Lieutenant-Commander David Waters, who has died aged 101, wrote the definitive account of the Battle of the Atlantic , quelled a mutiny by British prisoners of war, and was Deputy Director of the National Maritime Museum.
The Battle of the Atlantic was the longest, largest, continuous military campaign of the Second World War, and the most complex battle in naval history. Winston Churchill said: “Never for one moment could we forget that everything happening elsewhere, on land, at sea or in the air depended ultimately on its outcome.”
Waters’s study — prosaically titled The Defeat of Enemy Attack on Shipping 1939-1945 — was written with Commander Freddy Barley, RNVR, though Waters did the lion’s share of the work.
The 400-page study, with its many charts and diagrams, remained classified for nearly 50 years until it was released to the Public Records Office in 1987. (It has since been published as a book by the Navy Records Society.) It was a key document in formulating Nato strategy and tactics during the Cold War and formed the basis for many other studies.
A key finding of Waters’s study, backed by irrefutable mathematical and historical analysis, was that convoys of merchant ships were not a defensive tactic (as suggested by many naval and air force officers) but the best offensive tactic to break the stranglehold of the German U-boats and, during the Cold War, to neutralise the threat from Soviet submarines.
David Watkin Waters was born on August 2 1911 at St Germans, Cornwall. His father had been lost in Formidable, which on New Year’s Day 1915 was the first battleship to be sunk by U-boat attack in the First World War. David’s mother and another war widow, a friend, brought up their four children together in Sutton, a poor area of Plymouth, and he entered Dartmouth in 1922 — as a naval orphan, his education was free.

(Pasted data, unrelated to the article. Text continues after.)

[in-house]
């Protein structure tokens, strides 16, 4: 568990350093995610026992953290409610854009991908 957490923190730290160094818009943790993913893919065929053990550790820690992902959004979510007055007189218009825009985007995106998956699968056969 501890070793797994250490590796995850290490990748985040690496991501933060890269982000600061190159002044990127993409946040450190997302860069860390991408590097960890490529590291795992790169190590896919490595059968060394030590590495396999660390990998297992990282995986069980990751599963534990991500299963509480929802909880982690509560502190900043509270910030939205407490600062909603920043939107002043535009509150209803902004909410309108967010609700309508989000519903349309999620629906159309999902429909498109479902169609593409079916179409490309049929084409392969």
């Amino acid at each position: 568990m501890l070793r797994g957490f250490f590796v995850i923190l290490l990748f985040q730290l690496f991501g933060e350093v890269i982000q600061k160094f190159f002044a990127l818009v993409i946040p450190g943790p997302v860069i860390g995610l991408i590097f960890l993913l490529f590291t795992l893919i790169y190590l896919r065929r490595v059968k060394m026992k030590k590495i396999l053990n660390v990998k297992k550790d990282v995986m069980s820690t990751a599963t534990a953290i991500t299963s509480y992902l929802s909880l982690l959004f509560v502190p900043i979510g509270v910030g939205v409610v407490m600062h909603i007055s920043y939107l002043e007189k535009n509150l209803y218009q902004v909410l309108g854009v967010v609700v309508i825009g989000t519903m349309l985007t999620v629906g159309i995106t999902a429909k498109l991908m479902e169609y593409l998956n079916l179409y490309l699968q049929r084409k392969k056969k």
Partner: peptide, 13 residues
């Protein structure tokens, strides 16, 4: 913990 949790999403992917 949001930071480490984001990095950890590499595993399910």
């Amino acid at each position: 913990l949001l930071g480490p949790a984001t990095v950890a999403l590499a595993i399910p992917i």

He completed his training in the battleship Barham in 1929-30 in the Mediterranean and the cruiser Berwick on the China station (1930-32) . After a year in the Home Fleet in the cruiser Achilles, he volunteered for the nascent Fleet Air Arm in 1935, learning to fly at No 1 Flying Training School then at Leuchars. Pre-war, Waters flew in 821 Naval Air Squadron from the carrier Courageous and 813 NAS from the carrier Eagle. While Eagle was in Kiel, a distant relative who was dressed in the black uniform of the SS called on him and warned him not to come ashore as “terrible things were happening”. During the phoney war Waters was a flying instructor in 767 NAS, based at first at Arbroath and then at Toulon . In June 1940, though the Swordfish aircraft of 767 had been stripped for use as trainers, Waters led a number of bombing attacks on Italian ports. The fall of France prompted a night-time escape to North Africa, navigating by a school atlas; the French were not told for fear of pro-Germans obstructing the runway, and Waters took off with five ground crew as passengers in an aircraft designed to carry only three crew. When 767 eventually reached Malta, the Axis powers were deceived into thinking that the island had been suddenly reinforced. On the night on August 13 1940, at 40ft over the harbour of Augusta in Sicily, Waters lost visual reference when flares used to illuminate targets went out, and ploughed into the sea. Although he and his air gunner managed to get into a partially inflated life raft, they were captured . Waters’s imprisonment on an island in the Venice lagoon was made civilised by the Italian commandant, a philosopher in peacetime, who shared his library with Waters and whose Polish wife joined them to listen to opera on the gramophone; they spent their evenings conversing in their only common language, French. Also held on the island were the crew of the British submarine Oswald, who ostracised their captain and first lieutenant for having abandoned their boat without resistance, and refused the orders both of their officers and their captors. Waters, his air gunner, and Michael Kyrle Pope, the third hand of Oswald (and later Rear Admiral Pope ) were asked by the Italian authorities to restore order, which they did. Friendly relations with his captors did not prevent Waters planning an escape and, when the PoWs were moved to a new camp at Sulmona in the Abruzzi mountains, he left a dummy in his bed and hid in the rafters, only to be discovered by his guards, who beat him with their rifle butts and then apologised by offering bottles of wine. In 1942 Waters was taken by cattle truck to Marlag O at Westertimke, near Bremen, where he educated himself using books provided by the Red Cross, reading history and writing essays which after the war earned him a place at Oxford, which he turned down. In 1946 he was taken on by the Naval History Section of the Admiralty. He remained there until 1960, when, having failed in his ambition to be appointed head of the section, he was recruited by the National Maritime Museum at Greenwich as curator of navigation and astronomy. When his administrative gifts became clear, he was made deputy director. Waters was commissioned by the American bibliophile Henry C Taylor to write The Art of Navigation in Elizabethan and Early Stuart Times (1958): no money changed hands, but Taylor paid Waters’s daughter’s school fees, and Waters did most of the writing in his free time, while commuting on the train between Chichester and London. He wrote several other standard works and articles about ships and the sea, while his love of dogs was expressed in a book written with his wife, The Saluki in History, Art, and Sport ( 1969). In pre-war China, Waters had been fascinated by the variety of junks he saw, and he collected old models and commissioned new ones which now form a unique record, at the National Maritime Museum, of craft which have largely disappeared. After retiring from the National Maritime Museum when he was 67, he took up a number of visiting fellowships in Canada and the United States. Waters married, in 1946, his brother’s widow, Hope (his brother was killed in the war). They later separated, and in 2003 Waters emigrated with his cousin, Marilyn Reynolds, to New Zealand . Hope Waters died in 2009, and he is survived by their daughter. Lt-Cdr David Waters, born August 2 1911, died November 28 2012 SOURCE: TELEGRAPH NEWS